A megadrought is a strong and persistent drought that can last for one, two or three decades. While the US has not seen a real megadrought since climate started being measured here in the 1800’s, tree rings and lake sediments can go back much farther in time and tell a different story. There have been a number of periods in the past 1,000 years when severe drought conditions were the norm in the western US, according to those records. That tells us that megadroughts are a natural part of climate variability, regardless of trends towards a warmer climate in recent decades. But most water managers are probably not prepared for a decades-long drought, and that is of concern because recent warming could make them more likely. Physics Today has an excellent long article about megadroughts and what scientists are learning about them at https://physicstoday.scitation.org/doi/10.1063/PT.3.3997. The story includes some discussion about what happened to previous civilizations when megadroughts hit.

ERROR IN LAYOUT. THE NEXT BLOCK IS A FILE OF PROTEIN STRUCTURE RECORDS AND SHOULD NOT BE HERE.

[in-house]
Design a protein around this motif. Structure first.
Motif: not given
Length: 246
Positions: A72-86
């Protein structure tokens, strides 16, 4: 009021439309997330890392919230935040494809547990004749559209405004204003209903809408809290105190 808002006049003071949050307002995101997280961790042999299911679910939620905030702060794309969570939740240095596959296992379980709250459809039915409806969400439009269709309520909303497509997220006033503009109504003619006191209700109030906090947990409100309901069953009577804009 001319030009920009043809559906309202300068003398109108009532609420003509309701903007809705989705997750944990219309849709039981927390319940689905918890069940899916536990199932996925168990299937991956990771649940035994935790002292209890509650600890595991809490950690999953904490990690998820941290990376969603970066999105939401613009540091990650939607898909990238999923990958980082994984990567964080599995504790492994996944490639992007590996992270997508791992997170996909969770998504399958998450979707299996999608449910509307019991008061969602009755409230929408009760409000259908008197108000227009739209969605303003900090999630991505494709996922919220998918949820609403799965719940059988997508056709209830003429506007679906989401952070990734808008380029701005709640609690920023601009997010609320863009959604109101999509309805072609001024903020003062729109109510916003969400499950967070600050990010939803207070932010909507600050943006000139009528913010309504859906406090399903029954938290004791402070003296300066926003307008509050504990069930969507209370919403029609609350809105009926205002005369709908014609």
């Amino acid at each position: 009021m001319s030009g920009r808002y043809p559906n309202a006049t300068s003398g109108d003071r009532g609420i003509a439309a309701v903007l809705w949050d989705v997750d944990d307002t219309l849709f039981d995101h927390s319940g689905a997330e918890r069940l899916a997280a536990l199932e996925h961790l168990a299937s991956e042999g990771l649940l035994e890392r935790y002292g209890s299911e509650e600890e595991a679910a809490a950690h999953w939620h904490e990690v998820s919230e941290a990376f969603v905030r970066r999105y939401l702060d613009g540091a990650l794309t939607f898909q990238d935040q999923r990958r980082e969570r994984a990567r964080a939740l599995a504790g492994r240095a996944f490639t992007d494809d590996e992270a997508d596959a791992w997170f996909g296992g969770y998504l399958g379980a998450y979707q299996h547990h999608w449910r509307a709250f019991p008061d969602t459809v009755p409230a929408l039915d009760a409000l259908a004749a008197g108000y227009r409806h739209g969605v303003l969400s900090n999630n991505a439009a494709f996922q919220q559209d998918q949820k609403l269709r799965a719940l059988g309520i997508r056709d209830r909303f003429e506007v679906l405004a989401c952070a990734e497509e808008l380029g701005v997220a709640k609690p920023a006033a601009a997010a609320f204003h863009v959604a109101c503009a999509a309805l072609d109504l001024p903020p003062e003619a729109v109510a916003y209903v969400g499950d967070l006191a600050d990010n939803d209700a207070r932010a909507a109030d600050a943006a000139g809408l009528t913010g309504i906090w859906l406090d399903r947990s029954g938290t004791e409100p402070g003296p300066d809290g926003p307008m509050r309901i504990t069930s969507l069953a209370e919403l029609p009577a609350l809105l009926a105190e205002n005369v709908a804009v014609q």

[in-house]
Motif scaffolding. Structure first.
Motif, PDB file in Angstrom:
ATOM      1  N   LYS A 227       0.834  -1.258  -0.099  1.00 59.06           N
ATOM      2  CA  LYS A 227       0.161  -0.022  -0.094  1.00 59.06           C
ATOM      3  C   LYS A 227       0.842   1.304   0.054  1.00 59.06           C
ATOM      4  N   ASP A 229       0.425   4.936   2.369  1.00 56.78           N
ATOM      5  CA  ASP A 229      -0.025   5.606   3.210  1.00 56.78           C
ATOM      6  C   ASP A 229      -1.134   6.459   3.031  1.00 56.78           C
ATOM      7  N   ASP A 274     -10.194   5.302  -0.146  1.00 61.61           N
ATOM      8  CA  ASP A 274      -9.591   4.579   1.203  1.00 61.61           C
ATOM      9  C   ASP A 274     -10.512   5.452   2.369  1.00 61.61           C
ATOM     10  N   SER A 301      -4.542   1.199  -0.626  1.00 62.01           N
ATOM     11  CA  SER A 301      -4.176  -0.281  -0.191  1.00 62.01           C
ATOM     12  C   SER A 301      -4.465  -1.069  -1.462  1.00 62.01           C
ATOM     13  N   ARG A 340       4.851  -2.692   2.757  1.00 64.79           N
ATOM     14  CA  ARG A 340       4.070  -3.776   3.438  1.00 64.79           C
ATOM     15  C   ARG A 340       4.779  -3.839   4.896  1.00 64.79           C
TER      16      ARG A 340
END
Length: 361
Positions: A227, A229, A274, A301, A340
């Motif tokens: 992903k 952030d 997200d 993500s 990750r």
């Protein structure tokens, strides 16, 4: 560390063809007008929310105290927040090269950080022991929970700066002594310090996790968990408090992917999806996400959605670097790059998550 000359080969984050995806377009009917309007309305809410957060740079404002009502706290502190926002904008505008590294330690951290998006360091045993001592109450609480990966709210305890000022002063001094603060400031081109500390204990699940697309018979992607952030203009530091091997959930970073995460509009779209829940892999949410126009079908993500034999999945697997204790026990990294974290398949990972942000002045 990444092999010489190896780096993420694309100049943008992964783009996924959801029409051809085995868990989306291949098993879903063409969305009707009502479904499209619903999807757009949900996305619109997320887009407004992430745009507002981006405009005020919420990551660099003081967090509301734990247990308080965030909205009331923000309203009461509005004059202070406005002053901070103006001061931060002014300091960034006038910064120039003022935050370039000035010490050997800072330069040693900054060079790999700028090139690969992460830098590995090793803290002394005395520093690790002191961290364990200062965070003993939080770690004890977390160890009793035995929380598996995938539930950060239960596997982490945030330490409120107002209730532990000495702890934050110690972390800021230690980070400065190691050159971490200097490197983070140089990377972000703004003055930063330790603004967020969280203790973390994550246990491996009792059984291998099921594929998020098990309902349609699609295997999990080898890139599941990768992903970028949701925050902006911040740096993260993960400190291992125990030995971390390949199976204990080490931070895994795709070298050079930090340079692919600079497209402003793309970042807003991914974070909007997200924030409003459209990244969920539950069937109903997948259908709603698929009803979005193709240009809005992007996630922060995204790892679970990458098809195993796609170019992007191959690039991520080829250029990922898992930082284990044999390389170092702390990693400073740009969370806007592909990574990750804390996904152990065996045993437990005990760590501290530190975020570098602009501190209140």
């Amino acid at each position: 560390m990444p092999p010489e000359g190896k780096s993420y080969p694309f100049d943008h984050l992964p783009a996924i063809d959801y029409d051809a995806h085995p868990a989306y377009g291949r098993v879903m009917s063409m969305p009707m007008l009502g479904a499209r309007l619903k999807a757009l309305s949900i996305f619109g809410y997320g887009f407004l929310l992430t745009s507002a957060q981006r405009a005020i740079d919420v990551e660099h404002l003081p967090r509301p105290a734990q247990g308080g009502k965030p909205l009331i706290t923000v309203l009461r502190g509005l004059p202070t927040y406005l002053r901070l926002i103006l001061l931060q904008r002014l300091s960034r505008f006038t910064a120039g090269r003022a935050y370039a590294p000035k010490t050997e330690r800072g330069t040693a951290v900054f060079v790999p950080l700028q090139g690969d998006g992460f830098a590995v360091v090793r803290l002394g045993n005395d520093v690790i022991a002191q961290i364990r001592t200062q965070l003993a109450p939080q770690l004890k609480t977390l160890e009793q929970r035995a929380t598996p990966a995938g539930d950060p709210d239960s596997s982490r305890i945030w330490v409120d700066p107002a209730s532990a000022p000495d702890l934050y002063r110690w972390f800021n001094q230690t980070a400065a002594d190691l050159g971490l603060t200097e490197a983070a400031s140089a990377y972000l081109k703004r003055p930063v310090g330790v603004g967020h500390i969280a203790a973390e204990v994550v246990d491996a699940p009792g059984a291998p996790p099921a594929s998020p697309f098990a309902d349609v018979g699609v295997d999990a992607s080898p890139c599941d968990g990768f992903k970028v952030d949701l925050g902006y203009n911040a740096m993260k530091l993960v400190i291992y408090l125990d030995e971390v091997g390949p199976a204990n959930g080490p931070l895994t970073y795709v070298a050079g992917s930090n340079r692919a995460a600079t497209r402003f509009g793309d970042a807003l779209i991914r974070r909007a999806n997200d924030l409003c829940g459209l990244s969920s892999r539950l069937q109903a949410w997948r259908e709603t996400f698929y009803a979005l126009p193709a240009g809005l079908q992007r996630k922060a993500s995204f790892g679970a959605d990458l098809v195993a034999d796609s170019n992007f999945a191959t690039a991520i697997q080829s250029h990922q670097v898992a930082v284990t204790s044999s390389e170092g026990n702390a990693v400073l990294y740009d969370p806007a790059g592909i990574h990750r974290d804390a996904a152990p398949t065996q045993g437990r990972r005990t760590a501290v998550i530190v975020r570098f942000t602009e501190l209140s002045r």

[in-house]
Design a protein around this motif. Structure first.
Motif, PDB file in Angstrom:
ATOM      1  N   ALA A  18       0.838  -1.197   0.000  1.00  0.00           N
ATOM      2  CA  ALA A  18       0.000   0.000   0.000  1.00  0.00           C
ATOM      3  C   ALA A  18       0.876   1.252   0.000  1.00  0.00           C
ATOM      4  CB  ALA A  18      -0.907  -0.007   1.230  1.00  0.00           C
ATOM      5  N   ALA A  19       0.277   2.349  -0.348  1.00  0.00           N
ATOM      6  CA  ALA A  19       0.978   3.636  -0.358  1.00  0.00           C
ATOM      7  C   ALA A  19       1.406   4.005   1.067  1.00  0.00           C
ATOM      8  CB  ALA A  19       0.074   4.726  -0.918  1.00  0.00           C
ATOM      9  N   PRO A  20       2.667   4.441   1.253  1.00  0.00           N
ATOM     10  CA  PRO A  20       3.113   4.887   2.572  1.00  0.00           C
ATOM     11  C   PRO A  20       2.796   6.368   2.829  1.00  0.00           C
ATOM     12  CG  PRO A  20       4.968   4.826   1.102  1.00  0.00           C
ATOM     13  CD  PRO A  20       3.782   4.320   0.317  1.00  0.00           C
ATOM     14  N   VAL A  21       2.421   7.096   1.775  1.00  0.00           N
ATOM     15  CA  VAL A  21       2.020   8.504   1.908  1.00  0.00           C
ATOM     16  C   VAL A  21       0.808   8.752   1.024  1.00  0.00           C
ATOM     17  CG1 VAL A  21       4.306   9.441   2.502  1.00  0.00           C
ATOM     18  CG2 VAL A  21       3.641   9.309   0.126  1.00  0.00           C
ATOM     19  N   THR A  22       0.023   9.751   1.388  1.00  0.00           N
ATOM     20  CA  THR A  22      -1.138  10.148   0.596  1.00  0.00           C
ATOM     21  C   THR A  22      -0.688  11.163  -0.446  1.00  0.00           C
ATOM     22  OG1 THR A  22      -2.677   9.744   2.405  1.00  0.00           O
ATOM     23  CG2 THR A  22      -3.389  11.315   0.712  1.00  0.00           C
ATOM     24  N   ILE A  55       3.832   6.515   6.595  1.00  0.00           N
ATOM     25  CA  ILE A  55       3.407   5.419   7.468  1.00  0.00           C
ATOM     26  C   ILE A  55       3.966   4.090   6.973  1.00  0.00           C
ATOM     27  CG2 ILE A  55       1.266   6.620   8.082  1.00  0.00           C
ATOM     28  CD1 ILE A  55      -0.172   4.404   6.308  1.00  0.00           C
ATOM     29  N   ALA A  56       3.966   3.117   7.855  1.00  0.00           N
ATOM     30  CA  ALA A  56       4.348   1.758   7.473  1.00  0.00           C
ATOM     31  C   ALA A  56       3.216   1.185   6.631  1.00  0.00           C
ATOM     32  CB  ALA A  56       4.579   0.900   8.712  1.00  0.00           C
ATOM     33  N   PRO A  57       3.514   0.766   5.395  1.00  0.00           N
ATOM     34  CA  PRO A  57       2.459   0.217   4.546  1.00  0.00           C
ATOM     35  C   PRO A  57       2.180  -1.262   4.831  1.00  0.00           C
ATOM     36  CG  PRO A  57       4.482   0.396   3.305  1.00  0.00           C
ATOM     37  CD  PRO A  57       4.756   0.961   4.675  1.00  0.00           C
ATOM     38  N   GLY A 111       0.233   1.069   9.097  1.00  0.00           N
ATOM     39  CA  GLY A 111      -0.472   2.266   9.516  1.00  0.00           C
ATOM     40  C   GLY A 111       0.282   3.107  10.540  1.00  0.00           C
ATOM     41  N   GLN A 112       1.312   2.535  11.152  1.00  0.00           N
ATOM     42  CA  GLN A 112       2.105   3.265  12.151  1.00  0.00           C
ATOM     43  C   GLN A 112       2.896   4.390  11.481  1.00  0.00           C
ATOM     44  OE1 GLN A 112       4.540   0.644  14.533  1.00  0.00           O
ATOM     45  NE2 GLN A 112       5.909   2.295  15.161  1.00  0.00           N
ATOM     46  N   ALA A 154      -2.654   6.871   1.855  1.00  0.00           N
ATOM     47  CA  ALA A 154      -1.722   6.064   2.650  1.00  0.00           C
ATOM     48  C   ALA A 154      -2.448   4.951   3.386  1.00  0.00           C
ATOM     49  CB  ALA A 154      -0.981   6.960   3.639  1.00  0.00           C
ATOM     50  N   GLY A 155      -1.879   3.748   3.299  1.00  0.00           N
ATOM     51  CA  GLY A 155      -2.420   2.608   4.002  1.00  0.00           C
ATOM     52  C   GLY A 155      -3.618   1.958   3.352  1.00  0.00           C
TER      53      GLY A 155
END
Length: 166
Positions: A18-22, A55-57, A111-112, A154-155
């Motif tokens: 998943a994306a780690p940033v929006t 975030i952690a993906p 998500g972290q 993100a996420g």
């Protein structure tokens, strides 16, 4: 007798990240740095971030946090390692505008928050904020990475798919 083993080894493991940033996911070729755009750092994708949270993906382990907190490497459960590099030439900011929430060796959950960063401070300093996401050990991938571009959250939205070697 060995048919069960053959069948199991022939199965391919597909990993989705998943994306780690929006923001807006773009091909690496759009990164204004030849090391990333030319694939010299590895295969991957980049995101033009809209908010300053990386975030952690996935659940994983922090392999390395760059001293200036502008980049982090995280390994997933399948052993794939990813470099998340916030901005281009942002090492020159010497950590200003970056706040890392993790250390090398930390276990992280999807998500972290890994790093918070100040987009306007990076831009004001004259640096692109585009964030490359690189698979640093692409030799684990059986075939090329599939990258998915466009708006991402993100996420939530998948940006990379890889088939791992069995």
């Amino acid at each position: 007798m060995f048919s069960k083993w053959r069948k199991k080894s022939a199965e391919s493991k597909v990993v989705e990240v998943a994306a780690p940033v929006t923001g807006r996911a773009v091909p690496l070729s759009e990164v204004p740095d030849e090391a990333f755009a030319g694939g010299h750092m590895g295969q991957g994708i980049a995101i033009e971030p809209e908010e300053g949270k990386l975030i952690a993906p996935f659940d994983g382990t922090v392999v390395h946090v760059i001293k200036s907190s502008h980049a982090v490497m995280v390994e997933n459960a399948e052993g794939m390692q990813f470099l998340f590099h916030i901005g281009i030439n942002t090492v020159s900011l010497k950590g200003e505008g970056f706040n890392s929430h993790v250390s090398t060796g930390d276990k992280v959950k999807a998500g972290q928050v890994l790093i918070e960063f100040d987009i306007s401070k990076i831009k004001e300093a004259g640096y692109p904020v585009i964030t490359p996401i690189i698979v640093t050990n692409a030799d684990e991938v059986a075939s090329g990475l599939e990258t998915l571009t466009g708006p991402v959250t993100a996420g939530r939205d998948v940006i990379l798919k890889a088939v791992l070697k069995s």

If you are interested in seeing how tree rings depict climate in your area, check out this article on the North American Drought Atlas at https://site.extension.uga.edu/climate/2015/11/north-american-drought-atlas/. It allows you to search by grid point across North America and goes back to 400 A.D.